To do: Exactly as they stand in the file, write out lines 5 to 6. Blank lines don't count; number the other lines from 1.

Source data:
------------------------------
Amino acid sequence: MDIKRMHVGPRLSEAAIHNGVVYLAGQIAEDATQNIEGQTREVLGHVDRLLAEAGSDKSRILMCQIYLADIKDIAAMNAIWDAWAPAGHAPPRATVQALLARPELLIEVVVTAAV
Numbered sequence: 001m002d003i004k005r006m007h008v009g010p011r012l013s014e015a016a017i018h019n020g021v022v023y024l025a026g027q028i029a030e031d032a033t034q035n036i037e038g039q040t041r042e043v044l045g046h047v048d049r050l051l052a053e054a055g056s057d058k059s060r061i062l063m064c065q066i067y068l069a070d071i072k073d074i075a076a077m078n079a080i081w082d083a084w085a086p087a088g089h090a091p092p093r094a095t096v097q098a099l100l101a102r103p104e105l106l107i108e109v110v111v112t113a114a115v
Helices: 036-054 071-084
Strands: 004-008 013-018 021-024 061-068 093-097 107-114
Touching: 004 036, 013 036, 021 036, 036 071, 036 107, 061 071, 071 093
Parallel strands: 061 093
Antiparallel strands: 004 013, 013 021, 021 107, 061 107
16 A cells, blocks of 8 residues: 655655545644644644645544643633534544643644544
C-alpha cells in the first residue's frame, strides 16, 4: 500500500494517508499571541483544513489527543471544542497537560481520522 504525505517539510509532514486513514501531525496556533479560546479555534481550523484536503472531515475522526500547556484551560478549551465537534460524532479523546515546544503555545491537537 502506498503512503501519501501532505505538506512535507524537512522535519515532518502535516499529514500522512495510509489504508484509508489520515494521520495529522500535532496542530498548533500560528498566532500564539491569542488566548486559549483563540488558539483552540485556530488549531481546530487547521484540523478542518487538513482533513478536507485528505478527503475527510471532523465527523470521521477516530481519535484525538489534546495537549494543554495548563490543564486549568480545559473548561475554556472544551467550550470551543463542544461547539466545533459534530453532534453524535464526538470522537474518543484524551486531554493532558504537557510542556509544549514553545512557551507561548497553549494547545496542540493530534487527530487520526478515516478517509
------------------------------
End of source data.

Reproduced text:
Touching: 004 036, 013 036, 021 036, 036 071, 036 107, 061 071, 071 093
Parallel strands: 061 093